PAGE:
Tips & Techniques
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> Downrigger Ball Flashers
Downrigger Ball Flashers
Downrigger ball flashers are essentially long strings of
flashers attached directly to the downrigger ball instead of the
fishing line. They are also
referred to as 'gang trolls', 'ball trolls', or
'cannonball trolls'. Their job
it to attract fish to your downrigger ball where your lure will be
close behind. It could be that they attract fish by looking
like a school of bait fish. Another theory is that the
flashing and vibration attract fish out of pure curiosity.
Whatever the reason, the advantage of using ball flashers is that
they attract fish to your lure, but they don't hinder the
fight once you hook a fish.
I've had great luck using ball
flashers for landlocked chinook and coho
salmon. They also work well when trolling for mackinaw.
Downrigger ball flashers are worth a
try when targeting other cold water species such as trout or
Try them for kokanee in high
elevation lakes where kokanee form tight schools. For the
most part, I leave the flashers at home when targeting kokanee
salmon. They are always worth a try when nothing else is
Practice catch and release, and good luck!
There are lots of downrigger ball flashers on the market.
I'm sure that all of them work great. I went ahead and just
made my own. My dad had some old trout trolling flashers in
his garage that he gave me. I cleaned them up and attached
several different flashers together into a string that measures
about six feet long. Once I created the string of flashers I
added duo-lock snap to the front so I could attach it to my
downrigger ball. I then added some reflective tape to the
outsides of the blades and some glow tape to the insides of the
blades. This put the finishing touch on my homemade ball
I snap my string of ball flashers directly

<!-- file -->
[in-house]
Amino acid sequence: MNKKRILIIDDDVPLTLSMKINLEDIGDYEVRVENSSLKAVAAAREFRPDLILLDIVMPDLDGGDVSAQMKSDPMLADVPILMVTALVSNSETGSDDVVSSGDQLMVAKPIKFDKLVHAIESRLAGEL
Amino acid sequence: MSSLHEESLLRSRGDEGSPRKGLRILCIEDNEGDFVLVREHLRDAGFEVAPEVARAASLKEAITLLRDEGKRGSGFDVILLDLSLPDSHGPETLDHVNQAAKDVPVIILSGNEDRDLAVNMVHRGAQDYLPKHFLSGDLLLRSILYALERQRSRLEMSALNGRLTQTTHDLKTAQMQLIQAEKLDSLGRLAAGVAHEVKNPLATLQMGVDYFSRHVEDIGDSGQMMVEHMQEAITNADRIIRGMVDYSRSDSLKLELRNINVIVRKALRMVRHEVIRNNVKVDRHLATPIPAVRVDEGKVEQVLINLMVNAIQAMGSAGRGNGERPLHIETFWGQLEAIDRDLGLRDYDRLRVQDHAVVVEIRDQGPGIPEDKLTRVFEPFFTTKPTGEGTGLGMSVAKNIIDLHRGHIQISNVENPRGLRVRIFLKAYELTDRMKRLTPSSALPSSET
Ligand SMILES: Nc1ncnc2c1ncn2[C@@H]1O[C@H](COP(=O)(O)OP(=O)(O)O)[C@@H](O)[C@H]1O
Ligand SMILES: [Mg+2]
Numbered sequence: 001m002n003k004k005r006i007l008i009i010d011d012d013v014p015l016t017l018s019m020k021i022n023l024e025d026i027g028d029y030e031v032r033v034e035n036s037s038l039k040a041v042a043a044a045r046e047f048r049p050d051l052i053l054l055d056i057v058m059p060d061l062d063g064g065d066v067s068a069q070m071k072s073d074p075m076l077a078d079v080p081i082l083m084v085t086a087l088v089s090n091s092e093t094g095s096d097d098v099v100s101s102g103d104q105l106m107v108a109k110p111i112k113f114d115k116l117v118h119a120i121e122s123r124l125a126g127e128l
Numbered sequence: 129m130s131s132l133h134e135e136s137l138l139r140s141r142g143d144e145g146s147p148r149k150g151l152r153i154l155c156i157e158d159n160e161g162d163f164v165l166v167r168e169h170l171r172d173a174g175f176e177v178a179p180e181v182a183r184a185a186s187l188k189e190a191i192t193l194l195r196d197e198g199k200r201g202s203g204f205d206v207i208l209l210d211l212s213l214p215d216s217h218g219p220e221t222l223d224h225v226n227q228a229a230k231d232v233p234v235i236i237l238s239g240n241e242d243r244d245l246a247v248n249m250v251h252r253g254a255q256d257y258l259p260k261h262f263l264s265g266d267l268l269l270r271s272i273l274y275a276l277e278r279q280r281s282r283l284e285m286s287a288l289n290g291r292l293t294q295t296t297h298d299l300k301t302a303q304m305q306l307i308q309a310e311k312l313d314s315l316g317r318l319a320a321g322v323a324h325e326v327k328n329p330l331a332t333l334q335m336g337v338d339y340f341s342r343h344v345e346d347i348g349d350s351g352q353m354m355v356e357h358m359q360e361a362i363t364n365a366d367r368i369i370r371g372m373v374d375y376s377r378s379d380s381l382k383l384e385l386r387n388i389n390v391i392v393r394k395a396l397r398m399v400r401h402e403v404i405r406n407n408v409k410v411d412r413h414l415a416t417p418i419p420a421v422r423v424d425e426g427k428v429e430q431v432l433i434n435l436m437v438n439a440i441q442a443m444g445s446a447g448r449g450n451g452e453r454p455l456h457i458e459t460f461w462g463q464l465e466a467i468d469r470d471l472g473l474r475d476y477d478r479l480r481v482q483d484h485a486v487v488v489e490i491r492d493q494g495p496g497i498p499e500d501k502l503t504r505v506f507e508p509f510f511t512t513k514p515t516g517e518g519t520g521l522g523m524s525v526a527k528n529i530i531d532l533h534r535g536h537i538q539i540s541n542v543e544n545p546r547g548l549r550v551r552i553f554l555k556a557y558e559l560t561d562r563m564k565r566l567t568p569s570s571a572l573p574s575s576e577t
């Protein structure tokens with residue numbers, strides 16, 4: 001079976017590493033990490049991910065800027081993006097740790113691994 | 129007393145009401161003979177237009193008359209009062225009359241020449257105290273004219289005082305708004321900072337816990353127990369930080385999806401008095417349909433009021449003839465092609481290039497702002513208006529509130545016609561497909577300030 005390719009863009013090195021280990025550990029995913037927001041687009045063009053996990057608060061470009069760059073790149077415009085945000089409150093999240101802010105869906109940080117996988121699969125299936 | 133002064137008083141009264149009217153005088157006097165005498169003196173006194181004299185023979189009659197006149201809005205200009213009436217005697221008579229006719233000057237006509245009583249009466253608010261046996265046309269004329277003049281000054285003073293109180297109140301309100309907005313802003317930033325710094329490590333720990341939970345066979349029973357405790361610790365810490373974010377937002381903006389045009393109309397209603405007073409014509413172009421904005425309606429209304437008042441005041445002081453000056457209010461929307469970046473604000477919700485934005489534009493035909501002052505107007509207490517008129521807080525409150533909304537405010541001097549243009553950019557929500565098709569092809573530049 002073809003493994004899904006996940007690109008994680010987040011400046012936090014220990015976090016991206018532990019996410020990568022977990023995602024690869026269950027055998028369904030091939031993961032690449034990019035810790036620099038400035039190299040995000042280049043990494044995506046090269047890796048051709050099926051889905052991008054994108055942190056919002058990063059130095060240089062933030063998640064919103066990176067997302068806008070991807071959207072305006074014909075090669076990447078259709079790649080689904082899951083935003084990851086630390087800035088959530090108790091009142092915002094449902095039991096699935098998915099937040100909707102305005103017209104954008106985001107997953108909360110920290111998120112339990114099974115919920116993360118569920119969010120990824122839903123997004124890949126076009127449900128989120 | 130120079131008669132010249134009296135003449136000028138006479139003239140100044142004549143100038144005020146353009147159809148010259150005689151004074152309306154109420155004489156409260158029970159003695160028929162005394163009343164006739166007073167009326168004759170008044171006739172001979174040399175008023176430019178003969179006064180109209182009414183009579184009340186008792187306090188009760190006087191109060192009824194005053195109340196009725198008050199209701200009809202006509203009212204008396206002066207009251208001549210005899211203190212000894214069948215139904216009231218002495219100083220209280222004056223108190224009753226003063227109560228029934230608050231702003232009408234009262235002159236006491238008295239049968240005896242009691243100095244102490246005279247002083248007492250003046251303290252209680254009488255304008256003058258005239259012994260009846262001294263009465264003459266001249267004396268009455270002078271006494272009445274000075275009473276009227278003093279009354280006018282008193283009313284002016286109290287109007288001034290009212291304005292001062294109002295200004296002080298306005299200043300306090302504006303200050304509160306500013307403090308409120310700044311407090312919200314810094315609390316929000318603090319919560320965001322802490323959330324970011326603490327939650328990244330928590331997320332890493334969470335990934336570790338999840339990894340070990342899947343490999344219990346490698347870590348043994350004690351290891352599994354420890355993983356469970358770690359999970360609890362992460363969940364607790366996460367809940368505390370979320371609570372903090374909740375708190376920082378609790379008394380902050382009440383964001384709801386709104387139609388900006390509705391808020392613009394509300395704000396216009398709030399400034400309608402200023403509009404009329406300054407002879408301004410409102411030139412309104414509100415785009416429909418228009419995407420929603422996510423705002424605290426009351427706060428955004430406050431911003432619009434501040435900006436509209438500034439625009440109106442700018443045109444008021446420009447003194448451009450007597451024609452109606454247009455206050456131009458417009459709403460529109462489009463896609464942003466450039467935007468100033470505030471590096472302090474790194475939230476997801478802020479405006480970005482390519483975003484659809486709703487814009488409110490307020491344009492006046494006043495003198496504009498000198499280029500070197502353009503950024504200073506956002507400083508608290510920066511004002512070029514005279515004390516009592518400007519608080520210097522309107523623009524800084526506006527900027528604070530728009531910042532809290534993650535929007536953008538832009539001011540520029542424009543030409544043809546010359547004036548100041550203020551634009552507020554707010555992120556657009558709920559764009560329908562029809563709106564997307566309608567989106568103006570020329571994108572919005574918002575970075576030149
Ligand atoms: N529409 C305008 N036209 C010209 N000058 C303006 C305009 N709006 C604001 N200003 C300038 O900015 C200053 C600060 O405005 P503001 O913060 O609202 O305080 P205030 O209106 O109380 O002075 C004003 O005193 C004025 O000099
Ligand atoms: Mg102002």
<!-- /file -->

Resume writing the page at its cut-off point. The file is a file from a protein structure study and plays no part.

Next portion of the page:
to the downrigger ball. Once I have it in the water and it
looks like it's spinning correctly, I'll fasten my line release
about one or two feet above the downrigger ball using a stacker
The trick is to get your line release close
to the ball flashers without getting too close. If you get
it too close your line will tangle up in the flashers when you
lower the ball or slow down to fight a fish. Too high, and
your lure will be too far away from the flashers where the fish
are being attracted to.
How to Avoid Tangles
Some people are afraid to use these because the threat of
tangles. Just take it slow, and follow this advice:
Lower the ball slowly so the flashers don't
tangle in your downrigger cable or fishing line.
Make sure that the string of flashers is
not so long that it can reach your propeller.
Keep the boat moving at all times. If
you have to stop the boat - pull in your fishing lines.
Otherwise, your lure will sink down and wrap up in the flashers.
Using short set backs means that fish will
be very near the boat once they're hooked. This gives you
less time to tire out the fish, so set your drags loose and be
prepared to give them some line until they tire out.
When using two downriggers, make sure that
the flasher strings are shorter than the distance between the
two downrigger cables. If they are too long, the flashers
can actually tangle in the opposite downrigger cable.
If you have quick-retrieve downriggers,
pull in your line first before bringing up the downrigger ball.
Don't be afraid to fish shallow! I've
caught fish using this technique with my downrigger ball as shallow as 15' deep.
Basically right under the boat.
If your flashers and set backs are short
enough, it allows you to make really tight turns without having
to worry about your lines or flashers getting tangled up.
This can be a deadly technique when you find a school of feeding
fish - just keep making circles and figure-eights back through
the same fish.
Try running a lure without any dodgers or
flashers attached. When you hook a fish, there won't be
anything between you and the fish. Minnow lures and Apexes
are great for this technique.
Tackle Downrigger Tips